Why patents are such a hassle to obtain – the public policy for patents

Many first-time inventors are surprised at the costs and time involved in obtaining a patent.  “Why is a patent so expensive to obtain and takes so many years to issue?”, they ask.

Because all patents applications must be carefully prepared by a qualified professional and must then go through a rigorous examination process. 

At its core, patents are a bargain between an inventor and society (in this case the people of Canada).

In return for a 20 year legal monopoly on his invention, the inventor agrees to teach society a new and non-obvious invention, one that the world has never before seen or contemplated. No mere idea, the inventor also teaches society how to make and use his invention in the best way the inventor knows how.

The patent application is the vehicle through which the inventor teaches his invention to society. This is one of the reasons why patents are published publicly, and are even available on Google.  Once a patent’s monopoly term expires, anyone in the society can take advantage of the invention.

This bargain is also why a patent application must be examined by the Canadian Intellectual Property Office (CIPO) before the patent application can be approved as an issued patent. Among other things, CIPO searches the state of the art to ensure that the invention as taught is truly new and non-obvious – thus ensuring the integrity of the bargain.  This examination process is rigorous and patent applications typically require amendments before the CIPO is satisfied that the invention is new and non-obvious.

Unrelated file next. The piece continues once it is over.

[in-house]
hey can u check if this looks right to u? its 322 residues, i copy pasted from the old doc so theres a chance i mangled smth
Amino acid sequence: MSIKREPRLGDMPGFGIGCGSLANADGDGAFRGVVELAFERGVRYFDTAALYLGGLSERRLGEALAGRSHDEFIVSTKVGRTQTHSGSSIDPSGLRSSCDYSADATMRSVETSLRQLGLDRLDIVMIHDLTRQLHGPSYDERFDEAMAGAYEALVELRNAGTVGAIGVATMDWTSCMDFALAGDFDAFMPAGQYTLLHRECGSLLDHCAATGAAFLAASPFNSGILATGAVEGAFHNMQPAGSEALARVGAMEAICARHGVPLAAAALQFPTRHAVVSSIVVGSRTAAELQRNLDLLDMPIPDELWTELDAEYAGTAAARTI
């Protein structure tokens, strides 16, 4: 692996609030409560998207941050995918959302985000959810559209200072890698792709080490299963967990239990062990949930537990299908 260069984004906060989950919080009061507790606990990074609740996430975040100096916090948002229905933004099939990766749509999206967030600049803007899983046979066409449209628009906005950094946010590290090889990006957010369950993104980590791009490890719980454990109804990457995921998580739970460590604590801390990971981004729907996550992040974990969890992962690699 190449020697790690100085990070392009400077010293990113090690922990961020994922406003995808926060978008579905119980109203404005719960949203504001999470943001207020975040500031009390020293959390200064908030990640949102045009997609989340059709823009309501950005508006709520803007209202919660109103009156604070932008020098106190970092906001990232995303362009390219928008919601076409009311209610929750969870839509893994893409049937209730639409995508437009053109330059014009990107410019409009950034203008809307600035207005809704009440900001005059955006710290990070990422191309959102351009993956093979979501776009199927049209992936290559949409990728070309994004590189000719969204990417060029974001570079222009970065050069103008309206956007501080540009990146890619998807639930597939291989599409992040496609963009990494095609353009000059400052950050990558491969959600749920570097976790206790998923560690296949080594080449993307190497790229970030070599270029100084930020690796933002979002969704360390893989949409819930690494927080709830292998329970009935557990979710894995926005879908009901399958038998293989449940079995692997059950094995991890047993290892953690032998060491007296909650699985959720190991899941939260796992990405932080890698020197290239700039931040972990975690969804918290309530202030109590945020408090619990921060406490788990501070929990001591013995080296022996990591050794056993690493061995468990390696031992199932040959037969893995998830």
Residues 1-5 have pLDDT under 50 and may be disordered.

And that’s why a patent can cost thousands of dollars and take a few years to issue.

2 thoughts on “Why patents are such a hassle to obtain – the public policy for patents”

  1. Hey David, good to have you writing. I wrote an IP piece on my blog this summer. Cheers:http://timsictblogger.blogspot.com/2010/06/canadas-intellectual-property.htmlBTW, there is a lawsuit with Ivi.tv. Could you write a blog on copyright liability and “passive carrier exemption”?"In 2000, Canadian-based iCraveTV.com was shut down for the same violations Ivi is accused of. iCraveTV claimed it was acting in accordance with Canadian rebroadcasting laws, but rather than engage in a drawn-out legal battle, it chose to fold."Tim

  2. Hi Tim, thanks for reading my post. I'll certainly consider tackling the topic of passive carrier exemption, otherwise known as a "safe harbour" exemption. In Canada, copyright liability with regards to a network provider's ability to rely on a "safe harbour exemption" is currently in flux because of pending amendments to the Copyright Act in Bill C-32, currently being debated in Parliament. Among other things, Bill C-32 would codify a safe harbour exemption into Canadian copyright law.However, Bill C-32 has problems, too. Notably, Bill C-32 seeks to prevent fair dealing if a copyrighted work is protected by a digital lock. I may explore Bill C-32 in a future post. If you would like more information on the key issues on Bill C-32, see this link: http://www.michaelgeist.ca/content/view/5337/159/

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